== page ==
While Samsung might make the Lion's share of memory for our mobile devices, they're not exactly what you would call a "memory specialist", that sort of thing is left to SK Hynix and they're teasing new technology that should enable devices to ship with 4GB of RAM as early as the end of this year. Of course, that's a lofty ambition and the company doesn't hope to mass-produce the chips until then, so memory reaching 4GB or so is likely to be the "big thing" in mobile for 2014.
SK Hynix are able to do this thanks to a new chip, they're currently sampling 20nm 1GB chips that can be stacked easily to form 4GB of LPDDR3. This being "high-density" memory, you can expect speeds of up to 2,133 mbps, which trumps the 1,600 mbps speed inside of the Galaxy S 4. As well as this, there's apparently less power-drain in standby mode and the stacks will be overall thinner, at least compared to LPDDR2.
SK Hynix's statement reads as follows:
"Samples of this new product have been shipped to customers and the company plans to start mass production of it at the end of this year. High density LPDDR3 memory products [with] over 2 GB are expected to be noticeably loaded mainly on to high-end mobile devices from the second half of this year."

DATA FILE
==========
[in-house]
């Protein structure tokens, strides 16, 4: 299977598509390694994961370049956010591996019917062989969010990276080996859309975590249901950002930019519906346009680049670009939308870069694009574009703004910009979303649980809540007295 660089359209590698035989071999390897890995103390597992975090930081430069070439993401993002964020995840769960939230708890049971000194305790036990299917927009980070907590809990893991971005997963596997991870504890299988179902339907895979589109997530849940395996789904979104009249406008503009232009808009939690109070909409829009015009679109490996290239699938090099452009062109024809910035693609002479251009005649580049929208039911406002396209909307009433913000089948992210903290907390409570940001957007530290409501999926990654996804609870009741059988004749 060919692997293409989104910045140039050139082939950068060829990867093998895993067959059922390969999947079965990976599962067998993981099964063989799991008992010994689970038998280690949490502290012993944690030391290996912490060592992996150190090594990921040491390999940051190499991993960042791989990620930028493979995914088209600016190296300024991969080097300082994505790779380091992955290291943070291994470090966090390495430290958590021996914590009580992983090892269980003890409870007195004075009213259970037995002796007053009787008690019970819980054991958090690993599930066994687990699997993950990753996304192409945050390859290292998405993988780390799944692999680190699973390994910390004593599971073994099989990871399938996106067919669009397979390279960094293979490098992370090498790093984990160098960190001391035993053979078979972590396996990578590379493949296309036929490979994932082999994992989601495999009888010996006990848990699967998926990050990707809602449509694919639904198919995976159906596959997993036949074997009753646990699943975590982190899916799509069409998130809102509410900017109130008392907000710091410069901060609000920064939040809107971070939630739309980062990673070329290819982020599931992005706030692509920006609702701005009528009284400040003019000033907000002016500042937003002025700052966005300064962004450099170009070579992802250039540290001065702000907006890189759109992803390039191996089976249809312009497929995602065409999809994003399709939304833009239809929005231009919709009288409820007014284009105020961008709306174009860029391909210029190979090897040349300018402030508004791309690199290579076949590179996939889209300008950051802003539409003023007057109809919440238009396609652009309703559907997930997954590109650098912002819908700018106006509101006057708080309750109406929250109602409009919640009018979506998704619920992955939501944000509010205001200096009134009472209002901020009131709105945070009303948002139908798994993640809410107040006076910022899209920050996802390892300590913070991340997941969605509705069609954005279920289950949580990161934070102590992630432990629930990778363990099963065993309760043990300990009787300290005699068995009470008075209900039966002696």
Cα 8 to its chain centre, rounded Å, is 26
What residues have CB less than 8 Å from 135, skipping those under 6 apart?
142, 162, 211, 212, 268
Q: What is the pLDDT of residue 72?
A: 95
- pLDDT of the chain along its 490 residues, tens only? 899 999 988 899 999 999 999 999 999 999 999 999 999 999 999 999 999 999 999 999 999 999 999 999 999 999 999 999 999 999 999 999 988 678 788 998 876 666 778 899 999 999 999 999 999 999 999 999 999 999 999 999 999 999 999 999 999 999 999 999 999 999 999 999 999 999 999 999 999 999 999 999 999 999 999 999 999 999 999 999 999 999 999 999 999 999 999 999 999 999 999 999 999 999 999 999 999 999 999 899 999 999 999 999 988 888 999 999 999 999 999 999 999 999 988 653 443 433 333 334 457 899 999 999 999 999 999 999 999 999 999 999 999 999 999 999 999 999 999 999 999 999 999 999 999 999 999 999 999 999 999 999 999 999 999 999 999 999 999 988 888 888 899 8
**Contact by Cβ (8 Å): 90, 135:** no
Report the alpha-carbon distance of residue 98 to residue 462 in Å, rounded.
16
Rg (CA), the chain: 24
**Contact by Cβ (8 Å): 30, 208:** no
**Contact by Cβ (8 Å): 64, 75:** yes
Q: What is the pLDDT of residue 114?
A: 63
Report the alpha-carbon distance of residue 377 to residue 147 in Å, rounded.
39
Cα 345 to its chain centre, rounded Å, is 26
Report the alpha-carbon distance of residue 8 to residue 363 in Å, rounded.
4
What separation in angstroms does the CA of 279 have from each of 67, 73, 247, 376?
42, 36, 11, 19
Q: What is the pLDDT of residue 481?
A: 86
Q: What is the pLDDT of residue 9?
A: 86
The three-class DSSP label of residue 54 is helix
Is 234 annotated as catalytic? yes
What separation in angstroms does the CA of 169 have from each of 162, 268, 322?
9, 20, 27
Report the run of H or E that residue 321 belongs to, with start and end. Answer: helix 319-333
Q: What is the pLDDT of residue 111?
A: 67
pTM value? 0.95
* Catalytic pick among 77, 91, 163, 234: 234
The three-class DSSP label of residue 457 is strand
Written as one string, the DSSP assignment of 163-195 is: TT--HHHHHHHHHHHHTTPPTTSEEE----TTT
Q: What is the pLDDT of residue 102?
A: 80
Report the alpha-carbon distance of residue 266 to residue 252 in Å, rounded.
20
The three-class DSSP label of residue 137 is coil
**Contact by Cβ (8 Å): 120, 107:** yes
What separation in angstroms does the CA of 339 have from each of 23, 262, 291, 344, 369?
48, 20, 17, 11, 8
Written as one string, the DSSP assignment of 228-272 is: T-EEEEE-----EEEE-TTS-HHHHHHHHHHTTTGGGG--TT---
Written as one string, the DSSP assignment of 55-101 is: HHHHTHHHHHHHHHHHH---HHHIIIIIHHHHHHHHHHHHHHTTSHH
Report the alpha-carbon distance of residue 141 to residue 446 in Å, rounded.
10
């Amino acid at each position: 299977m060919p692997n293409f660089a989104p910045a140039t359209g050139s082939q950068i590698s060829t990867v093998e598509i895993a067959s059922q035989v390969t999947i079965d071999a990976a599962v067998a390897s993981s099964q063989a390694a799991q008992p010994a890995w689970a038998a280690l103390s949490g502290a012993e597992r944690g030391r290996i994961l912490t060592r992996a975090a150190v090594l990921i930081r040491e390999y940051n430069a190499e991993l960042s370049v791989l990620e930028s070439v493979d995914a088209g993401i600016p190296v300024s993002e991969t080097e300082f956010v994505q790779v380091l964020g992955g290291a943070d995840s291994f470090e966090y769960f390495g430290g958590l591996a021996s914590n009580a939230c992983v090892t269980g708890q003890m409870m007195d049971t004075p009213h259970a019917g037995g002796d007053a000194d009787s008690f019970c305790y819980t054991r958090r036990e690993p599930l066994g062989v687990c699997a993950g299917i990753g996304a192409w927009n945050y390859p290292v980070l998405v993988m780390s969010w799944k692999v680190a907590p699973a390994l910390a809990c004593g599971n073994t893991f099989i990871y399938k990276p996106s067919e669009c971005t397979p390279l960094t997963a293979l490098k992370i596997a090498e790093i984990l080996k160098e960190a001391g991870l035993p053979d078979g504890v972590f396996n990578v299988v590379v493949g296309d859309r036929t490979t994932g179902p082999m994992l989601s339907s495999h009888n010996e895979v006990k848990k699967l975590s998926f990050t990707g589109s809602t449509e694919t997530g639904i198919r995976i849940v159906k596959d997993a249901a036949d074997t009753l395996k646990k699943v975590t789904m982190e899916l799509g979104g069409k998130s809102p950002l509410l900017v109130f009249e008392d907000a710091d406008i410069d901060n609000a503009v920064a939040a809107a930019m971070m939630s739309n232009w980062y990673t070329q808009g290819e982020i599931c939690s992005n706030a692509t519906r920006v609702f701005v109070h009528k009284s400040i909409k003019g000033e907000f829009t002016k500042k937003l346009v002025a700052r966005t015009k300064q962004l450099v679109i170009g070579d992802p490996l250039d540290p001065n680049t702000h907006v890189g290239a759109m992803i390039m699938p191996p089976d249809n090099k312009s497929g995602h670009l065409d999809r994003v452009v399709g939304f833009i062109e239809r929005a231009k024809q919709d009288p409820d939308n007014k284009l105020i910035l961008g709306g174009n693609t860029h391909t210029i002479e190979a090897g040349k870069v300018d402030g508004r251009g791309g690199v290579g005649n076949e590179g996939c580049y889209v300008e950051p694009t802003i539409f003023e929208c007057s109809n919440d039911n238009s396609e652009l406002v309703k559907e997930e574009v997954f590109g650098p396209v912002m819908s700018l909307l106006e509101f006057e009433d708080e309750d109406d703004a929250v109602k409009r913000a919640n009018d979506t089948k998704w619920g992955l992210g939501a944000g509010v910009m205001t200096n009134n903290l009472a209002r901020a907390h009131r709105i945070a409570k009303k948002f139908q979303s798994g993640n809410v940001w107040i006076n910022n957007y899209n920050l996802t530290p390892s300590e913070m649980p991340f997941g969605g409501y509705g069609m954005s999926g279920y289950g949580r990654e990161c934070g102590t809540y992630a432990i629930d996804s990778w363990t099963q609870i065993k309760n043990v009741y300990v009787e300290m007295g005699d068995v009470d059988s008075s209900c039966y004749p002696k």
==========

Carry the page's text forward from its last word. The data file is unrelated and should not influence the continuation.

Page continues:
Personally, I doubt that we'll see such devices in 2013, or at least we can't think of any that will be shipping with such capacities. Samsung won't be releasing a device with 3 or 4GB of RAM, as it would cast doubt over the Galaxy S 4's 2GB. Having said that, the Galaxy Note III would be the perfect candidate for such large amounts of memory. Meanwhile, rumors of Sony releasing devices with crazy amounts of RAM have been circling for a long time now and this could well be the last piece in the puzzle.
Regardless, the mobile space is definitely heating up, with new core designs coming from ARM, there's soon going to be a whole raft of CPUs that can address more than 4GB of RAM. Those days are perhaps a little way off however, as 4GB sounds more than enough for today's mobile needs. What do you think - do you need more memory in your smartphone?